Acute GVHD is another significant risk factor for the development of AKI in HSCT recipients [87]. GVHD causes AKI through cytokine-mediated renal inflammation or from cyclosporine exposure. Other AKI etiologies in patients with GVHD include vomiting and diarrhea, which can promote prerenal AKI, as well as viral reactivation (cytomegalovirus). In addition to supportive measures, treatment of GVHD includes use of prednisone, antithymocyte globulin, sirolimus, and mycophenolate mofetil [88].

Tumor lysis syndrome

TLS is a medical emergency and a common cause of cancer-induced AKI [89]. Risk factors for the development of TLS include highly chemosensitive malignancies such as lymphomas and leukemias, large tumor burden, effective cytolytic chemotherapeutic agents, elevated lactate dehydrogenase levels (> 1,500 IU), and underlying kidney disease [90,91]. The most common malignancies associated with TLS include non-Hodgkin’s lymphoma, acute myeloid leukemia, acute lymphocytic leukemia, and various solid tumors [92]. The in-hospital mortality associated with TLS can approach 21%, and nearly 70% of patients experience a severe complication such as sepsis, dialysis, acute respiratory failure, mechanical ventilation, cardiac arrest, or seizures [92]. The median hospital length of stay for patients with TLS is 10 days, but this increases to 21 days if dialysis is required [92].

TLS is characterized by the release of cellular contents from tumor cells that are either spontaneously dying or killed by chemotherapy. These cellular contents can lead to hyperuricemia, hyperkalemia, hyperphosphatemia, and hypocalcemia. While there are no universally accepted diagnostic criteria for TLS, the Cairo–Bishop definition of both laboratory and clinical criteria are commonly utilized [93]. Laboratory criteria include the following: hyperuricemia (> 8 mg/dL or a 25% increase from baseline), hyperkalemia (> 6 mmol/L or 25% increase from baseline), hyperphosphatemia (> 4.5 mg/dL or 25% increase from baseline) and hypocalcemia (< 7 mg/dL or a 25% decrease from baseline). Laboratory criteria for TLS require the presence of 2 or more of these abnormalities occurring 3 days before or 7 days after therapy. Clinical criteria include serum creatinine elevation > 1.5 times the upper limit of normal, cardiac arrhythmias, sudden death, and seizures.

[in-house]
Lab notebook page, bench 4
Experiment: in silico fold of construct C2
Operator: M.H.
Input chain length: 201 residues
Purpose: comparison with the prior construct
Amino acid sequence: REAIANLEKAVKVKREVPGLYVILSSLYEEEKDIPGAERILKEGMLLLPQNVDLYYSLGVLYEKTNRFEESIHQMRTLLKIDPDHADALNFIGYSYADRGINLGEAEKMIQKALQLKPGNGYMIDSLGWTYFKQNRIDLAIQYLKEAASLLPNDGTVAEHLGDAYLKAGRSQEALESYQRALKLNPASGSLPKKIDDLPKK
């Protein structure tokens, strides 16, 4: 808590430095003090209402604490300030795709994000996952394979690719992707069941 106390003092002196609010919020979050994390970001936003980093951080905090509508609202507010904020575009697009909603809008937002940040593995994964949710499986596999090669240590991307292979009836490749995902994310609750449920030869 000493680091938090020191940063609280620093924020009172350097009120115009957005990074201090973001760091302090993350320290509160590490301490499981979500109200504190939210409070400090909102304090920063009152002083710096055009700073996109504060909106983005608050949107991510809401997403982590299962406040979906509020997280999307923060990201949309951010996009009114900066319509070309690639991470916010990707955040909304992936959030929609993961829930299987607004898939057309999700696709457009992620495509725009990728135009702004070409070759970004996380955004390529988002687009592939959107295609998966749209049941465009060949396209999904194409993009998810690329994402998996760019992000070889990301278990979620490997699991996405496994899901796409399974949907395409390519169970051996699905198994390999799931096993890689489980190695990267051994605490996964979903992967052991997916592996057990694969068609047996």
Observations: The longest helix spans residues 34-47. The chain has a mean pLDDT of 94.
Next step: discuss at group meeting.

AKI in TLS occurs due to a combination of cytokine release with inflammatory tubular injury, acute uric acid/xanthine nephropathy, and acute nephrocalcinosis due to an elevated calcium-phosphate product [2]. Uric acid, calcium-phosphate, and/or xanthine crystals can lead to tubular obstruction and tubulointerstitial inflammation. Hyperuricemia can also contribute to AKI through renal vasoconstriction, reactive oxygen species generation, and inflammatory cytokine release [2,94].

Diagnosis of AKI attributable to TLS requires an increase in serum creatinine along with fulfillment of laboratory criteria for TLS [89]. AKI typically develops 24 hours or later after initiation of chemotherapy. The clinical presentation depends on the combination and severity of biochemical abnormalities. For instance, if the potassium level rises high enough, patients may experience muscle weakness or cardiac arrhythmias.

Occasionally, cases of spontaneous TLS are seen. Patients with hyperuricemia (uric acid ≥ 8 mg/dL) in the presence of suspected malignancy with elevated lactate dehydrogenase (> 2 × upper limit of normal), acute oliguric or anuric kidney injury despite adequate volume resuscitation without evidence of post-obstructive cause, and urinary uric acid to creatinine ratio greater than 1.0 should be considered to have spontaneous TLS until proven otherwise. Diagnostically, uric acid crystals free or within casts may be seen on urine sediment examination.

Prophylaxis against TLS is recommended for all patients with hematological malignancies undergoing chemotherapy. Prophylaxis is also recommended for all high and moderate risk patients such as those with large tumor burdens, reduced GFR, and highly chemosensitive tumors. However, the exact regimen for prophylaxis should be tailored to the clinical circumstances and includes a combination of decreasing uric acid levels, ensuring adequate hydration and tubular urine flow rate, and management of abnormal electrolyte levels. Prevention and treatment of TLS complications include administration of intravenous fluids (~3 L/day) and xanthine oxidase inhibition (allopurinol or febuxostat) in high-risk patients prior to chemotherapy [90,91,94]. Hydration decreases extracellular uric acid, phosphorus and potassium concentrations, enhances renal blood flow and maintains GFR, which aids in maintenance of normal electrolyte levels. Ideally, intravenous hydration is started 24 to 48 hours pre-therapy.